Nothing makes investors re-examine what's in their portfolios like a market sell-off. Stocks that soared during the good times can be the biggest losers when times get tough.
It's at a time like this, when the Nasdaq has dropped 10% from its late-summer high, that companies operating on steady, sound financial principles become much more attractive.
Yes, those companies might be boring. But as Money Morning Special Situation Strategist Tim Melvin points out, you won't mind holding boring companies when they keep making you money year after year.
The stock we're bringing you today is a financial firm. Now, you might have heard that financial stocks are one of the worst places to be in a time of stock market panic. And that's true, to an extent.
But the reality is that, even in the worst of times, there is still financial activity going on. People still need a place to protect their assets and make transactions.
And the place they're going to choose is not going to be the overleveraged banking behemoth whose "creative" investing instruments turned out to be little more than smoke and mirrors.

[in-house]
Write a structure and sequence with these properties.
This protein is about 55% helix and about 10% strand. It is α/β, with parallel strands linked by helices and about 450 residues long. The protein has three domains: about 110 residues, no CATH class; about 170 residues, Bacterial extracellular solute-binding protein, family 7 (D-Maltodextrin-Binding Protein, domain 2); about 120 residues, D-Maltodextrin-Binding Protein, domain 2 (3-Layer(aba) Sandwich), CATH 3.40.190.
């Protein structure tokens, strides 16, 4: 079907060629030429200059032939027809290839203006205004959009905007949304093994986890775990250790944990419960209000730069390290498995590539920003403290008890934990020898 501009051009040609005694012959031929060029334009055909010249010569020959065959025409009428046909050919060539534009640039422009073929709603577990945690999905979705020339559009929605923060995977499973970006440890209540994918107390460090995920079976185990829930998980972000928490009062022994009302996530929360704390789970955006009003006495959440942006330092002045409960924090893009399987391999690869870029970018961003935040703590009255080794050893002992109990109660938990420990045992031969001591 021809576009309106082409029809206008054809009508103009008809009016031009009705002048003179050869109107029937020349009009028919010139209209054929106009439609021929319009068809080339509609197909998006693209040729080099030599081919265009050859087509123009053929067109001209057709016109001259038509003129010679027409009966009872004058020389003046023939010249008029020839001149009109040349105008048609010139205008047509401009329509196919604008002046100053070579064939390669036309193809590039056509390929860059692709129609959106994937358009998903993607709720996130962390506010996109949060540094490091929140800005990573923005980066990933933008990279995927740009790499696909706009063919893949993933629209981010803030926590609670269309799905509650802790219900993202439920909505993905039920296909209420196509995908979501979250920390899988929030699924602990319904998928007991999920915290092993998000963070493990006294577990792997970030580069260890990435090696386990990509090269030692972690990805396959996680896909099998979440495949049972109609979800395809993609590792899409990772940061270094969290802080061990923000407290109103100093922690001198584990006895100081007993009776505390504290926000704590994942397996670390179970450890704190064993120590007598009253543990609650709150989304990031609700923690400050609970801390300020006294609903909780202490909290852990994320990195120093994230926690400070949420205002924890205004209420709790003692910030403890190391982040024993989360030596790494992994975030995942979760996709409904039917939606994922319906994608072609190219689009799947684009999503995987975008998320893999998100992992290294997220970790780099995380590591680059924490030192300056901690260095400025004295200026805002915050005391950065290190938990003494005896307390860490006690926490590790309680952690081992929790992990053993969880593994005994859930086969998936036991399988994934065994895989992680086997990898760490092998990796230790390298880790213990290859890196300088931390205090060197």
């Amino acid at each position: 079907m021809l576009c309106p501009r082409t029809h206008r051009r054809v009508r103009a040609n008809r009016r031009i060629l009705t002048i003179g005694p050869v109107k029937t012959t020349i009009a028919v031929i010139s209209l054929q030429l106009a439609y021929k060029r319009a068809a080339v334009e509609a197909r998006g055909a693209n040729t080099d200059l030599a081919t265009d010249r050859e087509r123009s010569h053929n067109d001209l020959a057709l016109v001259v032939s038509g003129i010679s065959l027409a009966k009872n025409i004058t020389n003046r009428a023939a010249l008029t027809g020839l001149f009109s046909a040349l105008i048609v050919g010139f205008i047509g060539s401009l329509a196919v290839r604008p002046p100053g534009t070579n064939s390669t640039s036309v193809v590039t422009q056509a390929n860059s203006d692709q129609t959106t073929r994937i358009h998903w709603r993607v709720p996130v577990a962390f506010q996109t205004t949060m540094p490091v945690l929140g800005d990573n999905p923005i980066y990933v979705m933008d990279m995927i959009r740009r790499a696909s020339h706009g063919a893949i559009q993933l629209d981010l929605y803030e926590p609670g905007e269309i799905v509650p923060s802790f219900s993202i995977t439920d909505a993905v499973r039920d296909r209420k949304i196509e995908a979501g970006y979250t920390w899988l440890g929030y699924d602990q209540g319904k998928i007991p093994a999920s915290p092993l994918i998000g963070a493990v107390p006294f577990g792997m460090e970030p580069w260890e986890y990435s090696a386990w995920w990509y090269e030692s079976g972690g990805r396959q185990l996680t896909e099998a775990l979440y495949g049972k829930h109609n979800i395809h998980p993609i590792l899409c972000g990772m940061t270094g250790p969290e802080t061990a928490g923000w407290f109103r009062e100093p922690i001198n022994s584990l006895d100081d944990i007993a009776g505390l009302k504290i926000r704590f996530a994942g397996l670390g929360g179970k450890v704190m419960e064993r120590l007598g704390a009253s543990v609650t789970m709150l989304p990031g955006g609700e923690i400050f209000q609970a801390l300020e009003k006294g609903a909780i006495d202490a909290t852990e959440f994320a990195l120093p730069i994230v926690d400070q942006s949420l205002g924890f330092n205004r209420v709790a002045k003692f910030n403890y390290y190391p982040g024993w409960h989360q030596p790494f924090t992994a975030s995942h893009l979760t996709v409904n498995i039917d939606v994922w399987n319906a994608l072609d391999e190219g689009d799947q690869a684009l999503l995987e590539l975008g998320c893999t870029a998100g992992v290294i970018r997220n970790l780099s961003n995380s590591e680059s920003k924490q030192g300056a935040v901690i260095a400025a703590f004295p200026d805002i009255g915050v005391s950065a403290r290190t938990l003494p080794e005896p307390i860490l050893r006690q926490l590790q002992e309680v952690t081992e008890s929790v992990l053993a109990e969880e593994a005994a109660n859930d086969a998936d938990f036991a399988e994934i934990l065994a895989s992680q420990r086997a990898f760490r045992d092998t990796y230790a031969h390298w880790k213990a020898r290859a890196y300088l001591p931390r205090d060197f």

It's going to be the solid firm that has always offered the lowest prices, the highest-quality service, and has been operating with quiet integrity in both good times and bad.
Our pick today is exactly that. That's why the number of accounts it held actually increased during the financial crisis of 2008-09.
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When the whole market dips, a stock like this may temporarily go down with them too. But if the worst really does happen, this is the kind of stock that's going to be the mainstay in your portfolio. It's the one you can depend on to keep delivering a healthy balance sheet while the tech superstars are struggling to stay afloat.
No wonder it was just flagged by our Money Morning Stock VQScore™ system, indicating that it is undervalued and due for a rise.
In fact, this one might be undervalued by as much as 50%.
This Quiet Innovator Combines Old-Fashioned Values with Leading-Edge Tech
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When investment trade commissions were deregulated in 1975 - they used to be fixed by the SEC - a lot of Wall Street firms saw it as an opportunity to jack up prices.
But Charles Schwab Corp. (NYSE: SCHW), founded by its namesake a few years earlier, saw a different opportunity. The firm became a pioneer in discount trading, and it's still the leader in that category.